So the current series of Big Brother will only be remembered for its plummeting ratings figures. “Worst Ever” comments the Guardian on those of last Friday night. Is the public’s appetite for this freakshow, that has so often had the epithet “dumbed down” applied to it, now diminishing?

As far as I see it the celeb version continues to fascinate. After all that was the scene of Shilpagate, the feline antics of Gorgeous George and various Jackson siblings televised close-up (though alas not poor Michael). I think this proves how celebrity has a hold over us. Pick up most papers at the weekend and inside will be a tv section that looks like Heat magazine with little titbits and factfiles about the great and good.

Celebrity is making further inroads into politics. Yesterday’s tv bulletins showed Joanna Lumley amongst the Gurkas that she gained rights for by applying televised pressure on Phil Woolas in Parliament. Had she stood in Norwich North the result could have been very different. Former BBC correspondent Martin Bell, the man in the white suit was elected in 1997. And now in 2010 Esther Rantzen is having a go. Her pompous comment that she would “take advice from Luton South to see if they feel that I could still offer something that they would value” seems to have been answered in the affirmative, even though the target of her ire Margaret Moran (the claimant of dry rot treatment in a home not the constituency or London) is standing down – isn’t that a song by the Beat?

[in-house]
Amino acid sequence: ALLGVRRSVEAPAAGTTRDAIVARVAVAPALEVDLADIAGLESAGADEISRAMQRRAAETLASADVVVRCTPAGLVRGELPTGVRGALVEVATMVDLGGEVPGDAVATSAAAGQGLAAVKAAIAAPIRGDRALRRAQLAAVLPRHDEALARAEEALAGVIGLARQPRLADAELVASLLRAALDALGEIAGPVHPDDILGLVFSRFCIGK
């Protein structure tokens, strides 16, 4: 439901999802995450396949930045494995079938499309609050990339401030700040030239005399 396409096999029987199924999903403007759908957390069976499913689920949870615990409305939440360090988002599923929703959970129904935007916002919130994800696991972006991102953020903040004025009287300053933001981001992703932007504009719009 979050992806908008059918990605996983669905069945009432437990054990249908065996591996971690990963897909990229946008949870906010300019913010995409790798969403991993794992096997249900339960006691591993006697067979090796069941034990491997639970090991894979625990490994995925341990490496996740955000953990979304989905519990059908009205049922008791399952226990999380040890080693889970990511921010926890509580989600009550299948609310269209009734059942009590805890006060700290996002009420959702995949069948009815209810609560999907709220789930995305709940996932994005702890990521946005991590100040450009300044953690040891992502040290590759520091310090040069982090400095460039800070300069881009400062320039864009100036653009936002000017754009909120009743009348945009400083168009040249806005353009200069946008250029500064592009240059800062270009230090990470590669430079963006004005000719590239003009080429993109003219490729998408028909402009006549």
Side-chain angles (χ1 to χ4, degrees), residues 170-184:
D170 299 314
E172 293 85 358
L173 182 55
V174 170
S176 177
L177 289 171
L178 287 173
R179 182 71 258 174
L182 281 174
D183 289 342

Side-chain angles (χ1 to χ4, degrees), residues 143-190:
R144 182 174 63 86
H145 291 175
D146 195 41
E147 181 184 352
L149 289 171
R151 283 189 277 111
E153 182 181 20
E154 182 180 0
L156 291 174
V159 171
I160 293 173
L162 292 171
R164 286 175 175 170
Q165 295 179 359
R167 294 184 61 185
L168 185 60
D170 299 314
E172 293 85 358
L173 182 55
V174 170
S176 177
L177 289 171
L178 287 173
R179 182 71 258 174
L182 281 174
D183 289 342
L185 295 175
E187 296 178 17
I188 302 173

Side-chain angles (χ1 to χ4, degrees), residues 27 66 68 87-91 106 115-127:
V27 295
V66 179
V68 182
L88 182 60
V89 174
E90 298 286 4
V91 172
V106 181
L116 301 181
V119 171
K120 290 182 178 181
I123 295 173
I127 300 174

What we really need to see are more normal people in Parliament who’ve had a bit of life experience. At 27 Chloe Smith‘s youth is not what bothers me; it’s that whilst clearly being capable, she is on closer inspection another machine politician. Her last secondent as a management consultant was to  Conservative Central Office. It seems that pretty much no-one under 40 (and some older) in politics today has never really had a proper job. There are plenty of examples in the Labour party too.

Like most of the population I haven’t been following the current Big Brother #10 but many have drawn parallels between the series and political participation trends. Then again many who dicuss reality tend to bunch lots of diverse things together. Dragons Den is not Big Brother is not Britain’s Got Talent. Big Brother is not reality, as is pointed out in online journal Darkmatter. The quip applies to all of them.

Can’t wait for the next celebrity one though.